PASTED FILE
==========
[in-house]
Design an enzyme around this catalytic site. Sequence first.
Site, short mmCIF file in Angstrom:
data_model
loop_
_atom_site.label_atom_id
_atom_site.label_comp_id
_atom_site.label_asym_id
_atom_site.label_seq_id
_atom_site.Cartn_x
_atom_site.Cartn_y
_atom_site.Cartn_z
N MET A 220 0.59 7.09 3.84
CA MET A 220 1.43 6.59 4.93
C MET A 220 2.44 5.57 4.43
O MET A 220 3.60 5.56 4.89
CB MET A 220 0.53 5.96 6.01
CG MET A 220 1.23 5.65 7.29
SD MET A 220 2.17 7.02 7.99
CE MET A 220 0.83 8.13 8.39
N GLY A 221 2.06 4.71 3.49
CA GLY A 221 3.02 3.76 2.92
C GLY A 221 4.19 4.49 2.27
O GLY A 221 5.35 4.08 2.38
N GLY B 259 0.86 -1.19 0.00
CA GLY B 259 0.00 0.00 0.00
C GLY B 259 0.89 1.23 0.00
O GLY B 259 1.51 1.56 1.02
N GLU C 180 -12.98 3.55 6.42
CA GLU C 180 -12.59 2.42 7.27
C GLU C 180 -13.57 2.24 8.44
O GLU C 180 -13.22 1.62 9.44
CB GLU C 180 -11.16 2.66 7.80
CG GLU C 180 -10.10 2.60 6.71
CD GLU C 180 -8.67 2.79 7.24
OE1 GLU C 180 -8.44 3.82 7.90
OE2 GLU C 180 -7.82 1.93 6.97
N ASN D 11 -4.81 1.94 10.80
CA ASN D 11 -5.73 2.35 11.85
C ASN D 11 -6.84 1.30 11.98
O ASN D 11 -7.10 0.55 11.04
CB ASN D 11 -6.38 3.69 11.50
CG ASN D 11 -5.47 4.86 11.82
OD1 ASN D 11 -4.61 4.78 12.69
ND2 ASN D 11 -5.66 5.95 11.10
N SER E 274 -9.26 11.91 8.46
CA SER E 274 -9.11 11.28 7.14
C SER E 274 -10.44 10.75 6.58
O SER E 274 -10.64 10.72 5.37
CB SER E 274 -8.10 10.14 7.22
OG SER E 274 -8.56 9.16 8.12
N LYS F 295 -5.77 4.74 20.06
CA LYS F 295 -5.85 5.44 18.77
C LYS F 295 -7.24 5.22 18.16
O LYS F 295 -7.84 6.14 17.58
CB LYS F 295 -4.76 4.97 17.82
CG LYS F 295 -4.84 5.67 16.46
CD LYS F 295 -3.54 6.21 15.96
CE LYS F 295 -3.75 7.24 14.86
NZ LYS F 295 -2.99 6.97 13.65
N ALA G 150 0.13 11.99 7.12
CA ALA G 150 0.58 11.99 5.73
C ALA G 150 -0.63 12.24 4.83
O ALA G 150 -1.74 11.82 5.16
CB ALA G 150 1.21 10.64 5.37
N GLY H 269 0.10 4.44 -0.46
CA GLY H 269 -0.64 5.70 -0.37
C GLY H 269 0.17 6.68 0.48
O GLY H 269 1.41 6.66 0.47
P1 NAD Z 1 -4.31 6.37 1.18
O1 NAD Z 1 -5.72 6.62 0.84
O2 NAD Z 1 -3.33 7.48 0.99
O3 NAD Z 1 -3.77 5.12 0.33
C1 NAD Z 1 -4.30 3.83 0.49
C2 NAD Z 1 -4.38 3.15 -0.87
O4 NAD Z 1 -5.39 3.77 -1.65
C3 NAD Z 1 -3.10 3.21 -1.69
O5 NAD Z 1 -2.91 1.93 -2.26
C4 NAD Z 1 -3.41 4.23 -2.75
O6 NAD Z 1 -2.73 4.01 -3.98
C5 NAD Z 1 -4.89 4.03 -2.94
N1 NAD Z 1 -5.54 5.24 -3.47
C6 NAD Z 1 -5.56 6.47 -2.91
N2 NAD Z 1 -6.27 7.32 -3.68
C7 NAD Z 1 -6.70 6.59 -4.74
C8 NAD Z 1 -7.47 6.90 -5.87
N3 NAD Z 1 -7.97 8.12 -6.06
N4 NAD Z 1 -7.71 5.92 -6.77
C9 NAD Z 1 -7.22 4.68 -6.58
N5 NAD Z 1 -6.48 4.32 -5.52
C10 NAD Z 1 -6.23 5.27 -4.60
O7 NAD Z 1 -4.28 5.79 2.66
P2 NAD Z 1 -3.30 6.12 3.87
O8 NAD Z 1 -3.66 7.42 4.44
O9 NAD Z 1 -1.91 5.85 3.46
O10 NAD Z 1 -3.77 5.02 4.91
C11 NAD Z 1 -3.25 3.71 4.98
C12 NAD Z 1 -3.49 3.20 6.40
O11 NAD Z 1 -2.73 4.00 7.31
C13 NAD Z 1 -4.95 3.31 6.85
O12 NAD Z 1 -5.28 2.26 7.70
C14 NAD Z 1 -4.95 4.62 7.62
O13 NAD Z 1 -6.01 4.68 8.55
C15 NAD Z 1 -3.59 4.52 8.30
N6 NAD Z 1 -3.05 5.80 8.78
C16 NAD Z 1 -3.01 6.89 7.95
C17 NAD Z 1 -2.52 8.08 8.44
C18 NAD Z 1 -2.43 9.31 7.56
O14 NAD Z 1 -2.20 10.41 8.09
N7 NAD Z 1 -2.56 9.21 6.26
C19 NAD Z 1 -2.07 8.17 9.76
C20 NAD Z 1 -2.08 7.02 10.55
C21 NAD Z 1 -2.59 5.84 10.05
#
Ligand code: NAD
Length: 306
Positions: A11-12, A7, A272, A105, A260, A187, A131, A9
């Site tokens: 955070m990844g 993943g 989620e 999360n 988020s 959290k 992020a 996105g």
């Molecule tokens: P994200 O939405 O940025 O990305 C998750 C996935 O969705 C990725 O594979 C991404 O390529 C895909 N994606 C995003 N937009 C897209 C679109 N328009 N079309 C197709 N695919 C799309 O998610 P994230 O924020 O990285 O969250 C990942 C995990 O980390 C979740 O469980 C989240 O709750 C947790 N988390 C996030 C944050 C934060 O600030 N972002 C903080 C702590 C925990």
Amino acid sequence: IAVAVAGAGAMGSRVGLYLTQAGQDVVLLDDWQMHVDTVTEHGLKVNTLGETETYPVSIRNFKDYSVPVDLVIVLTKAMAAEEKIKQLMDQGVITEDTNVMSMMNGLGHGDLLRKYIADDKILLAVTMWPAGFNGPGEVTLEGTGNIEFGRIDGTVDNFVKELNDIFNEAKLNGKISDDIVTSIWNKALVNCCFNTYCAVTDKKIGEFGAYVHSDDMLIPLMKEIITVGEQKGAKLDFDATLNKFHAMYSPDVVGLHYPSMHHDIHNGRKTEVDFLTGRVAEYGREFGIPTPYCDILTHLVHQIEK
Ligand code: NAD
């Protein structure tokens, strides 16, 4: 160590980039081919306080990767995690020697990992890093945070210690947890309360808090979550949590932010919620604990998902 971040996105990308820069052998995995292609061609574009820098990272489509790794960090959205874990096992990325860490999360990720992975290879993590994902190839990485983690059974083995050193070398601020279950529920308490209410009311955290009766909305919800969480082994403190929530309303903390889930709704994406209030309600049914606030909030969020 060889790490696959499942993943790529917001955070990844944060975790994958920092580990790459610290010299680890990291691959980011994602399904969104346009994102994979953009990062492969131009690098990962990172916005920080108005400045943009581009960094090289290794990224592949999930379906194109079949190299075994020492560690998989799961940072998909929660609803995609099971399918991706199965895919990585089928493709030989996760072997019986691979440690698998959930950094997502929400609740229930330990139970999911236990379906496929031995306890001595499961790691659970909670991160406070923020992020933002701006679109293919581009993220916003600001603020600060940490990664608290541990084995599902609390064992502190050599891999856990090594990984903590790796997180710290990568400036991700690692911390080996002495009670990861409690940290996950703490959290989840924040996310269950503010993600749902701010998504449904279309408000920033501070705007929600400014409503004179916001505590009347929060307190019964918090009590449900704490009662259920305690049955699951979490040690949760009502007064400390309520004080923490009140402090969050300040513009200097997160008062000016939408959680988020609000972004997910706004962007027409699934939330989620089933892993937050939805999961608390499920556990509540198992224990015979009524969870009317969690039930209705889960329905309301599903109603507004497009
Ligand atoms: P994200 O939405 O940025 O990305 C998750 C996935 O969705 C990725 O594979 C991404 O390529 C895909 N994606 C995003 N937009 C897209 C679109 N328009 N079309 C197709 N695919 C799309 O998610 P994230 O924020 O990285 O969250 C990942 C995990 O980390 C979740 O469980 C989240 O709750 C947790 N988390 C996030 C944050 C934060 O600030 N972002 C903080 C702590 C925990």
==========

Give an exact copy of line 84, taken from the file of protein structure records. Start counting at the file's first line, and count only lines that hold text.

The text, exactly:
N2 NAD Z 1 -6.27 7.32 -3.68